Follow-up on the case of the Potomac "green goo"

Recently, the state of Maryland released this information on the MDE web site on the spill of latex into the Potomac River:

The Maryland Department of the Environment received reports on September 24, 2015, of a yellow/white coloration in the North Branch Potomac River. MDE sent an investigator to the site and the Department also contacted the Verso paper mill and the Upper Potomac River Commission plant that treats wastewater from the paper mill. The paper mill said the mill had an approximately 10,000 gallon spill of latex, which is used for paper coating, over a four-hour period after off-loading of a rail car and that the spill was discharged through their collection system to the Upper Potomac River Commission plant.

According to information provided by the Verso paper mill to MDE, the substance that was discharged is Latex CP 620NA, manufactured by Trinseo LLC.

According to information from the manufacturer’s Material Safety Data Sheet:

The product is not a hazardous chemical as defined under U.S. Occupational Safety and Health Administration regulations.

The components of the material are styrene-butadiene based polymer and water.
Because the substance is in the water column of a flowing river, it is not possible to contain the spill or to remove it from the water. It is expected that the substance will continue to flow down the river and become diluted.

In keeping with the Department’s practice for spills and discharges, MDE notified the Interstate Commission on the Potomac River Basin for notification to drinking water facilities not only in Maryland but in Virginia, West Virginia and Washington, D.C.

MDE’s primary focus at this time is to ensure that public health and the environment are protected. Information available to MDE at this time does not indicate a health concern. MDE continues to work to obtain additional information, including laboratory analysis of water samples collected from affected locations of the river.

Laboratory results received to date have shown no detection of styrene, the primary constituent of concern, and no evidence of butadiene, another constituent of concern. MDE has provided the laboratory testing results to the Interstate Commission on the Potomac River Basin. MDE will continue to provide information to the Interstate Commission on the Potomac River Basin and drinking water systems.

Sample results have been posted as well.  Samples were collected at three different time points at three different locations (so understanding any temporal or spatial trends in the data will not be possible) ... on Sept 25, 26 and 29 at Pinto (Maryland), Route 28 bridge crossing and Bonds Landing, respectively.  

It appears that only a single sample was taken each day from each location and these were analyzed using standard EPA analytical methods for a wide number of volatiles, semivolatiles, metals and standard water chemistry parameters.  It appears to have been a tag-team effort between Maryland Department of the Environment and the EPA Region 3 in terms of the sample collection (and it should be noted from a regulatory geek perspective, only the MDE-collected samples has "chain of custody" paperwork associated with it...)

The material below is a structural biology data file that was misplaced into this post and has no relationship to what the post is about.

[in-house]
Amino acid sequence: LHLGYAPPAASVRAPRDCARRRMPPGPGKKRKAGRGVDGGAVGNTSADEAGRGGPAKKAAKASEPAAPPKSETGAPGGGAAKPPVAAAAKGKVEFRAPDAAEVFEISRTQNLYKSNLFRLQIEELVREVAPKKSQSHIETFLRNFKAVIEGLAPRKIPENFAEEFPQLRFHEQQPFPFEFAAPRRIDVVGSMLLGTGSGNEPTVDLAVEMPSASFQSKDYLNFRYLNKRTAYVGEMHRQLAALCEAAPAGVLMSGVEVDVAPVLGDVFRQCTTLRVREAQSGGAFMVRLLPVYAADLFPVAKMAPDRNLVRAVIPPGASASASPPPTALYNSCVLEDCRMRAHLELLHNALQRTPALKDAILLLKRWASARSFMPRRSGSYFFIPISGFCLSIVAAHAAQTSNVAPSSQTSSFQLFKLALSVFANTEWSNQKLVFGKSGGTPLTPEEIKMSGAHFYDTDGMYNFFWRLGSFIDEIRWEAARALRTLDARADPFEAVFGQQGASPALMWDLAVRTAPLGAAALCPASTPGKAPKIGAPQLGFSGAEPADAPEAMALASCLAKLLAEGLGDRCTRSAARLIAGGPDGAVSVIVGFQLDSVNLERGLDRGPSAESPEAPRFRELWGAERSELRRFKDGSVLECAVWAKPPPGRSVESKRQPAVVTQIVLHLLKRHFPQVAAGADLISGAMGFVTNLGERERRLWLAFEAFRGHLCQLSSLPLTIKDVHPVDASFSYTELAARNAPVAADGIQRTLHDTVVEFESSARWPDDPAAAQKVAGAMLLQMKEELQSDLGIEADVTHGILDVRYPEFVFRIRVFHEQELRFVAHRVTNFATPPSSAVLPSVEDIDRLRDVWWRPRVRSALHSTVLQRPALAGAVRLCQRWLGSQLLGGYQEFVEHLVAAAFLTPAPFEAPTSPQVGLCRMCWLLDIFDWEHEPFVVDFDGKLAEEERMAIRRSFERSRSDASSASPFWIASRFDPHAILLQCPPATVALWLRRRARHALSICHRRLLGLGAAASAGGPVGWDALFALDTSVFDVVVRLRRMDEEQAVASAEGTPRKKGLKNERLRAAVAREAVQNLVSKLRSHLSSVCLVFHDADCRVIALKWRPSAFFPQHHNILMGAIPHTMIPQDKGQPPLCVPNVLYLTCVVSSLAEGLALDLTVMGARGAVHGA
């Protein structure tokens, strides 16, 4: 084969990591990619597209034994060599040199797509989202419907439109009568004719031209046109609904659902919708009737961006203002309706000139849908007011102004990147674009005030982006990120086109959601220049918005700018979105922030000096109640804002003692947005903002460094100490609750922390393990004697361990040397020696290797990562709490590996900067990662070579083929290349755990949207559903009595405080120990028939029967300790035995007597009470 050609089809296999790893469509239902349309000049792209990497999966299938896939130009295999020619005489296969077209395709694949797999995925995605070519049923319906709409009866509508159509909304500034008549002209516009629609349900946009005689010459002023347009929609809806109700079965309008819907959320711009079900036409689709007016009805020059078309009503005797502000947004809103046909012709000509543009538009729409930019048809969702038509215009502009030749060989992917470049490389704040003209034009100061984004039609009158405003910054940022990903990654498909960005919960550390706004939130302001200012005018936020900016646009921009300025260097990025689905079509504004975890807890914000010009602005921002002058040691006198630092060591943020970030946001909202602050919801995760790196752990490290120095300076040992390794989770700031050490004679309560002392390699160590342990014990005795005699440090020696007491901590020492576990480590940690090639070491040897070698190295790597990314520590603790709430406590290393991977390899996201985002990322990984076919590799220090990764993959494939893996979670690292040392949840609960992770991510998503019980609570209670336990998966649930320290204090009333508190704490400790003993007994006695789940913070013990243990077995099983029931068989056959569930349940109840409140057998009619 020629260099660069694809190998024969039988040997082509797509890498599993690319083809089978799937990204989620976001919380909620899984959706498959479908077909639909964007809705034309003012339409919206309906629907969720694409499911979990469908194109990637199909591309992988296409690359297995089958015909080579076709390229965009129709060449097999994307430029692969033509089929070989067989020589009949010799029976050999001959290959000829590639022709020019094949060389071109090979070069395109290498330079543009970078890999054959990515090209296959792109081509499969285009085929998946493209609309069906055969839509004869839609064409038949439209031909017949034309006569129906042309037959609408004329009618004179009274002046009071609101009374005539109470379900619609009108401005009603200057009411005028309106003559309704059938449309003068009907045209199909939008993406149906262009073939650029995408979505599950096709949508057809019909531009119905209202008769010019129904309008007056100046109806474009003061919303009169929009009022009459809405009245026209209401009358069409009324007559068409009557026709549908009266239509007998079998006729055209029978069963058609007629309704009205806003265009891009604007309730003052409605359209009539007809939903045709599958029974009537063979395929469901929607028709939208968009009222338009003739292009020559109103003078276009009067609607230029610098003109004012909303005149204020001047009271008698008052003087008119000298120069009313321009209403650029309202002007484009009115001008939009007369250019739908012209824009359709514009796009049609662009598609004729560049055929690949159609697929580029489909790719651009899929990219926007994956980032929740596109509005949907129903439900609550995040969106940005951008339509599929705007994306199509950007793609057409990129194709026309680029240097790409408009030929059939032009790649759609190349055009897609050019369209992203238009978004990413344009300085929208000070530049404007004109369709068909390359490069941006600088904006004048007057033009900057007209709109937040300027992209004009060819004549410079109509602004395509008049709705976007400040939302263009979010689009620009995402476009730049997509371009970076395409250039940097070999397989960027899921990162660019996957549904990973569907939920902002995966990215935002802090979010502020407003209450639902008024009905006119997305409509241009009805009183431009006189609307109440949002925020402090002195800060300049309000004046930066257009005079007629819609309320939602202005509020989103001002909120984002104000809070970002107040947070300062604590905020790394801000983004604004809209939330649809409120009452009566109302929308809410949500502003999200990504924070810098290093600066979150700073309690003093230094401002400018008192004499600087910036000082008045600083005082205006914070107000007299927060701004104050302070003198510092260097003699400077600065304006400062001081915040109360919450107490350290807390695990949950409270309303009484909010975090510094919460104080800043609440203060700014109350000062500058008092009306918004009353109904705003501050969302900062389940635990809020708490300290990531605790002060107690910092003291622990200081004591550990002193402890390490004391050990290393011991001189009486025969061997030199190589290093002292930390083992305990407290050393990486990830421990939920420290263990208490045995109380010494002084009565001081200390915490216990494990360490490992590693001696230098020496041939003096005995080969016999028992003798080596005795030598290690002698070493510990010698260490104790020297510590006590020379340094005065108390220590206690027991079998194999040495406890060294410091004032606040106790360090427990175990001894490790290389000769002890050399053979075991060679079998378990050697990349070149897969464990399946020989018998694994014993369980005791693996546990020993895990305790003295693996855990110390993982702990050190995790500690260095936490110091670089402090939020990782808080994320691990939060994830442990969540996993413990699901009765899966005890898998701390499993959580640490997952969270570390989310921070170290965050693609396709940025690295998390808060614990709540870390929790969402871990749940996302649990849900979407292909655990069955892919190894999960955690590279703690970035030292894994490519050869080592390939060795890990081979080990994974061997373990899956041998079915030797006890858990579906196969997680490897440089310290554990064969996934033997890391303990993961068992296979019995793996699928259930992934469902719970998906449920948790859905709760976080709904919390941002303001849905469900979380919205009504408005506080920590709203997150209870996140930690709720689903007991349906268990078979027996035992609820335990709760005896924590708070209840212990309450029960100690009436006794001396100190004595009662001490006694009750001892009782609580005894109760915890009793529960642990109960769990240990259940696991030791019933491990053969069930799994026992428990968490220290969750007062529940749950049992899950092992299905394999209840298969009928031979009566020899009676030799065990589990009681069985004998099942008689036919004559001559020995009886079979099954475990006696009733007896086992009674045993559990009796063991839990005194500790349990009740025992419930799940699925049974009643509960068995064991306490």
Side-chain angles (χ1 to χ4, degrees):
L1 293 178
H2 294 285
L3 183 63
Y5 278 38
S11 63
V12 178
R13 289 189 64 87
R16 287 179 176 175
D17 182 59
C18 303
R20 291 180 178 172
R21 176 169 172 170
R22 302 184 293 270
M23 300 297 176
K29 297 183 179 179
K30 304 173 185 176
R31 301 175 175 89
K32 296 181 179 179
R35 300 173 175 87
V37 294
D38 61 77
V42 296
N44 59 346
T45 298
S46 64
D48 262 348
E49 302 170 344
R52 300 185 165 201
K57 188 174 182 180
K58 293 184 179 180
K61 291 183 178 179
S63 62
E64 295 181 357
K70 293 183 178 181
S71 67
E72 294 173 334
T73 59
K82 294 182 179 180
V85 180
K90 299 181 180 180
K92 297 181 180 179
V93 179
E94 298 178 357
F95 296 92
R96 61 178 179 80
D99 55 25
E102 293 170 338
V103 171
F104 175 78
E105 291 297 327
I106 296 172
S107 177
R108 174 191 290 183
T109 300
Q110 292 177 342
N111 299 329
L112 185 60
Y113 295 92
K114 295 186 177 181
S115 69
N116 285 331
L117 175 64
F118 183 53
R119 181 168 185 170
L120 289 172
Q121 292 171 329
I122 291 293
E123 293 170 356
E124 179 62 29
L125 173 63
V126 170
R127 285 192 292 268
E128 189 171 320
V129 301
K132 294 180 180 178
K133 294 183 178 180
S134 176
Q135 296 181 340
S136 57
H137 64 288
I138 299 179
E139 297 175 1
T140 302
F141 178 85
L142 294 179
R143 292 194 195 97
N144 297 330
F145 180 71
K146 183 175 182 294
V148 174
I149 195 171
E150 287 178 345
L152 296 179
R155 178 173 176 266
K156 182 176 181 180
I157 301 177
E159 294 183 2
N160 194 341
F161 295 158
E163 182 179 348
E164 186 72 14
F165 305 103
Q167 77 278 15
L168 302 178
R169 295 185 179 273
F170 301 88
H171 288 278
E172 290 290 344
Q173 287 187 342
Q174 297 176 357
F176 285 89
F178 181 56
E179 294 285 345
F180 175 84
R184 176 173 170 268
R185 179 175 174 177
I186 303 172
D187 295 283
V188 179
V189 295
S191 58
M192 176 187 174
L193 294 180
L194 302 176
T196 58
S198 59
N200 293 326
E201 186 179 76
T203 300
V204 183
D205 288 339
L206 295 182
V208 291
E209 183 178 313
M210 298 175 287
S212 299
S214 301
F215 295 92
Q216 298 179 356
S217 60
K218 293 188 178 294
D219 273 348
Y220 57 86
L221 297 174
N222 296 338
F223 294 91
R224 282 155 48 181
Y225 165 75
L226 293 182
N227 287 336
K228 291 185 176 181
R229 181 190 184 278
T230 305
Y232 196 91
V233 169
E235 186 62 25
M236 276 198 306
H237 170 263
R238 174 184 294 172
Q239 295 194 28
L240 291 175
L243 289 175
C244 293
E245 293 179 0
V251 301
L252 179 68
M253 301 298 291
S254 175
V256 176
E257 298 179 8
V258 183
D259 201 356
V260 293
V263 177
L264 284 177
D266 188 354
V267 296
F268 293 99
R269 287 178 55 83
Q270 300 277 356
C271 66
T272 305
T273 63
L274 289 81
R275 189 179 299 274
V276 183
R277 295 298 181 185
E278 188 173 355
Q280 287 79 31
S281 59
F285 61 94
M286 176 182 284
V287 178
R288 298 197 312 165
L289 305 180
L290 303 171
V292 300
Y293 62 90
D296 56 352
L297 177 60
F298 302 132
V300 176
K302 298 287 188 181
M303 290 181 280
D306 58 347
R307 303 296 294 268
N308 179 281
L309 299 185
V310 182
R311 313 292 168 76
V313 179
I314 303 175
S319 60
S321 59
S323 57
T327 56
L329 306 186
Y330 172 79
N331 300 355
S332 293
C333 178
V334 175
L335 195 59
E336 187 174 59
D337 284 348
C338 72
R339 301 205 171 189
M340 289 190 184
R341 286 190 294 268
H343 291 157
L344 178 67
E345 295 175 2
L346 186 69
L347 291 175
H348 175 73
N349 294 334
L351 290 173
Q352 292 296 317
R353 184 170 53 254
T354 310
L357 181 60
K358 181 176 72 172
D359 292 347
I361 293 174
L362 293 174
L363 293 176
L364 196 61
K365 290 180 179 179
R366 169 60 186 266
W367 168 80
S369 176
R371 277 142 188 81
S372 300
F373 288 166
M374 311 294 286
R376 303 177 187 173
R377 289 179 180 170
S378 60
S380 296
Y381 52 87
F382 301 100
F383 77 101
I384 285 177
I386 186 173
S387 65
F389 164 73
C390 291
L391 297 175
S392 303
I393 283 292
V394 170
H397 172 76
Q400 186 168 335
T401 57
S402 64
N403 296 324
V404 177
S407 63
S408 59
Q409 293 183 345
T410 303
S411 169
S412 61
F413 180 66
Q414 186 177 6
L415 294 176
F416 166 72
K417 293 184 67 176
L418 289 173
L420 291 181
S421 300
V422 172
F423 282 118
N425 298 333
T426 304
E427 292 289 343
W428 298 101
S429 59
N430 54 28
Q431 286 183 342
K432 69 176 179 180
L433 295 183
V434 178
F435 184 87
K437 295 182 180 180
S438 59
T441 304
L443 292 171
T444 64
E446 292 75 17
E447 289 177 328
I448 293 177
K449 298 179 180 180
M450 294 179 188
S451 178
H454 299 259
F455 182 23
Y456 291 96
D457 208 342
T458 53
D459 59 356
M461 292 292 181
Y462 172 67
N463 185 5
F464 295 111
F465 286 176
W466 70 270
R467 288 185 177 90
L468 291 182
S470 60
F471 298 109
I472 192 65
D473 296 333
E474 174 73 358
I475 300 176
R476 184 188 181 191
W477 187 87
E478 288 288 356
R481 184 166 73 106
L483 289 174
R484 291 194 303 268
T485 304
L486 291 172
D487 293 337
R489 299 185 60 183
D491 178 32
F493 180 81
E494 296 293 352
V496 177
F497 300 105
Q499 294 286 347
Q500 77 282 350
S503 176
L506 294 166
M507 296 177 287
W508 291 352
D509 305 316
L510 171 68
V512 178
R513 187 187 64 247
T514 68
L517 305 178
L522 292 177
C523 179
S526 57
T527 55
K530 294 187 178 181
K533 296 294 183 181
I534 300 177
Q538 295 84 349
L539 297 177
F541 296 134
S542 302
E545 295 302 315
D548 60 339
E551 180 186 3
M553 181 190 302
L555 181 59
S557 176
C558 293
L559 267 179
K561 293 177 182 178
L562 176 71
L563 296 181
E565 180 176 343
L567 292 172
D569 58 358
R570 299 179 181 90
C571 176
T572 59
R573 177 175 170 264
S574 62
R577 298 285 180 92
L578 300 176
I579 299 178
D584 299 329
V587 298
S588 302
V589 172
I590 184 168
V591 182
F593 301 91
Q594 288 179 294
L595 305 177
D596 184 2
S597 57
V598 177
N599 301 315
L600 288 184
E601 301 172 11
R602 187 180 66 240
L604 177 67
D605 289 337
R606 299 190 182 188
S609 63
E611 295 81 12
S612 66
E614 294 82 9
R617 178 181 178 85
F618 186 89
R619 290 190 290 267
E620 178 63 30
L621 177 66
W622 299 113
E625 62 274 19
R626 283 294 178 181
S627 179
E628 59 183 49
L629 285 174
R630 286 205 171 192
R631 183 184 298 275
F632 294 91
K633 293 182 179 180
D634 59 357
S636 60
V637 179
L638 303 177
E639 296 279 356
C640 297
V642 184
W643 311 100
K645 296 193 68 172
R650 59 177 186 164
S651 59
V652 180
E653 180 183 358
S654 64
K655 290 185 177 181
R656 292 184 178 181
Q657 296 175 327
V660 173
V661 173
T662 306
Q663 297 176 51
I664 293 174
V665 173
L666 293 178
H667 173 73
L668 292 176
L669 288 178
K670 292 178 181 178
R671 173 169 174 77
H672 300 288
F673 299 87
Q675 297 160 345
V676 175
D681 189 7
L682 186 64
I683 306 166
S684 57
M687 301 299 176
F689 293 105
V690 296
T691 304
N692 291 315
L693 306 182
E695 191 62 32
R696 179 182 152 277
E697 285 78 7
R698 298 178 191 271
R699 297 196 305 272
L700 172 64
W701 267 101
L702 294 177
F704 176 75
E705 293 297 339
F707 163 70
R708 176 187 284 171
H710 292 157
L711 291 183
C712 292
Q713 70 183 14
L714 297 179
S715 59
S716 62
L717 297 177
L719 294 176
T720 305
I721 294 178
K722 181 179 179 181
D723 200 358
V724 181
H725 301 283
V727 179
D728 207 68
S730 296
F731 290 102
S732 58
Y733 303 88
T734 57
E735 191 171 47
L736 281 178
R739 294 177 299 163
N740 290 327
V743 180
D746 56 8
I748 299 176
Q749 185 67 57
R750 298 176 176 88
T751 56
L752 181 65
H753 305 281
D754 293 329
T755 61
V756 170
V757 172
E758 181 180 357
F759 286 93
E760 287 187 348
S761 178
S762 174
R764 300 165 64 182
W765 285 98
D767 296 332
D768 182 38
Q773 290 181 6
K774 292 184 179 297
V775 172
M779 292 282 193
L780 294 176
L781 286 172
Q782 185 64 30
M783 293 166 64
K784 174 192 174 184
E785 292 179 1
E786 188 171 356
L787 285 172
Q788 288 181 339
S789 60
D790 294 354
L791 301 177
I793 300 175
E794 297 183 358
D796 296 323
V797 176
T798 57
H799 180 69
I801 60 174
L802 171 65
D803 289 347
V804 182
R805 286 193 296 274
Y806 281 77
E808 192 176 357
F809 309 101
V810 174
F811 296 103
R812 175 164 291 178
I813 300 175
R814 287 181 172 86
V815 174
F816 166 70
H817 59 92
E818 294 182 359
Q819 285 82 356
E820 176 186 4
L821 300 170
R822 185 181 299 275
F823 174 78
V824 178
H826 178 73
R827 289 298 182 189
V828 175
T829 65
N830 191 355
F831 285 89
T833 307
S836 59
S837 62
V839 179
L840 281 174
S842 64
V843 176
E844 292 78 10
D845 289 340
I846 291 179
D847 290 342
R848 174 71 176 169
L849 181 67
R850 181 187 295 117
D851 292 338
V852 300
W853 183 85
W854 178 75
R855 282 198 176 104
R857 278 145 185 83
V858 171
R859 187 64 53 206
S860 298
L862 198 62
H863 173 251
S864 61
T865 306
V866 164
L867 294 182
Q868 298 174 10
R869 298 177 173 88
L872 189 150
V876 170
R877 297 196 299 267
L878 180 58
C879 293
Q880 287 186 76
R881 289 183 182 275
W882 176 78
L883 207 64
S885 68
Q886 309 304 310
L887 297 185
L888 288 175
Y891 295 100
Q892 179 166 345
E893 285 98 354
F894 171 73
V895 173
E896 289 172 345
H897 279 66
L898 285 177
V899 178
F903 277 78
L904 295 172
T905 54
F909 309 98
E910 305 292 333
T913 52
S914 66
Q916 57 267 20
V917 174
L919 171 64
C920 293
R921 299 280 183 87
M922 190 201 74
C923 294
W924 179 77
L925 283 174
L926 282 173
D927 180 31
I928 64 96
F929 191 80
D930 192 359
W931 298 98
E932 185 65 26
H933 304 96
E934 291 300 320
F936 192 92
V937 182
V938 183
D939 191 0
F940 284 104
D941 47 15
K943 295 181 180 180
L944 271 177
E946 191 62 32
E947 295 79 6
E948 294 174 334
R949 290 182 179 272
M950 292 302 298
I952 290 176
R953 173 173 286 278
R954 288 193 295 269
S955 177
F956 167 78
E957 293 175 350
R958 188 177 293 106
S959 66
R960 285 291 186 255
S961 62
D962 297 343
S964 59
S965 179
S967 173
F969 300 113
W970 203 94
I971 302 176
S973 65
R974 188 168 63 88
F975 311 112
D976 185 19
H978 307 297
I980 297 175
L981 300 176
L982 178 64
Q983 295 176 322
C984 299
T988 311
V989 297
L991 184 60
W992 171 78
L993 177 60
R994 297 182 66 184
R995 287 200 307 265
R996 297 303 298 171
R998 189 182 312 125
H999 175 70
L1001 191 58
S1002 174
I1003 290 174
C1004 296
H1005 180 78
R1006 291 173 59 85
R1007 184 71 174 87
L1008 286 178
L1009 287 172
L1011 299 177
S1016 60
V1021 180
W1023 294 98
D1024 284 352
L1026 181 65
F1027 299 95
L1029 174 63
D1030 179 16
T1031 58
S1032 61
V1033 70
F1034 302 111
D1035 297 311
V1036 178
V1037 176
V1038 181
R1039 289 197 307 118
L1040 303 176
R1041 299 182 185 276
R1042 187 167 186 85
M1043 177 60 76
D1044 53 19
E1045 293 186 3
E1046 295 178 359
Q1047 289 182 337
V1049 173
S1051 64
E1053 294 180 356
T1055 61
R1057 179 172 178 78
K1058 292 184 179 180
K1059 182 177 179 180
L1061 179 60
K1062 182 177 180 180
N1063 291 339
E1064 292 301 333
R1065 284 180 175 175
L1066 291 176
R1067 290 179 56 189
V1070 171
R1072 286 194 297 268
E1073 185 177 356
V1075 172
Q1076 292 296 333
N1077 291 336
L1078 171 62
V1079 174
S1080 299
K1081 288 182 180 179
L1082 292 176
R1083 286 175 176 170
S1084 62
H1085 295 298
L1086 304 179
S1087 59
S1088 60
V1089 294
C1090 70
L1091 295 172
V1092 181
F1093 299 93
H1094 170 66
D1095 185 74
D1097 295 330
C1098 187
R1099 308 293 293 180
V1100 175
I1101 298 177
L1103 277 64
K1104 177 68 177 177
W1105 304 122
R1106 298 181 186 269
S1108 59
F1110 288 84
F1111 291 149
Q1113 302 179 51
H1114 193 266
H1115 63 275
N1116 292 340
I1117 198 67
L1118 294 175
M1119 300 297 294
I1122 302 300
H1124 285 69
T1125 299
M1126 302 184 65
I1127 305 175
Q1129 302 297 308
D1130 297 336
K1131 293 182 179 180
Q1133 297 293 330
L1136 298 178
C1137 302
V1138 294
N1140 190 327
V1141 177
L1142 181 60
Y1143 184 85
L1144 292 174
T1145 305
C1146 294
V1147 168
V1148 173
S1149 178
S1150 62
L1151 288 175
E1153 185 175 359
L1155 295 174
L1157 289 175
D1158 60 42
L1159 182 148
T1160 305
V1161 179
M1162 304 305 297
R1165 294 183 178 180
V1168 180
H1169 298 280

Data summary from the MDE page focuses on styrene and 1,3-butadiene, which are the major building blocks of the latex polymer that spilled into the river.  It is good to verify the concentrations of these; however, a quick review of available data on environmental fate & transport reveals that much of the volatile component of the mixture would off-gas from the water as it traveled down the river channel.  What wasn't done was to look at the potential for degradants that form in the water column once they come into contact with any chemical constituents.  But the polymer wasn't expected to degrade signficantly according to the MSDS sheet.

Even though the potential danger has now passed and was a fairly low-level hazard/threat to begin with, this incident points out some obvious gaps in the response and communication process across states.  Even though Maryland and West Virginia share the same source of drinking water (Potomac River), it appears as if Maryland didn't feel alerting the neighbors on the other side of the water was a very high priority.  I was passed back and forth between county and state in trying to get answers from the state of Maryland in the days following the release.  The state of West Virginia never bothered to respond, once the country referred me to the state.  In fact, it took multiple attempts after the fact to get the public web site info listed above from Maryland.  Similarly, the Interstate Commission on the Potomac River Basin didn't respond to my attempts to get information even though it clearly had been given the testing results (as claimed by the state of Maryland).

Who loses in this situation? THE CONSUMER. The END USER.  We *deserve* the information. Governments on all level who supply or protect drinking water should be more forthcoming with information to its constituents following emergencies like this.  Despite the physiographic differences among them.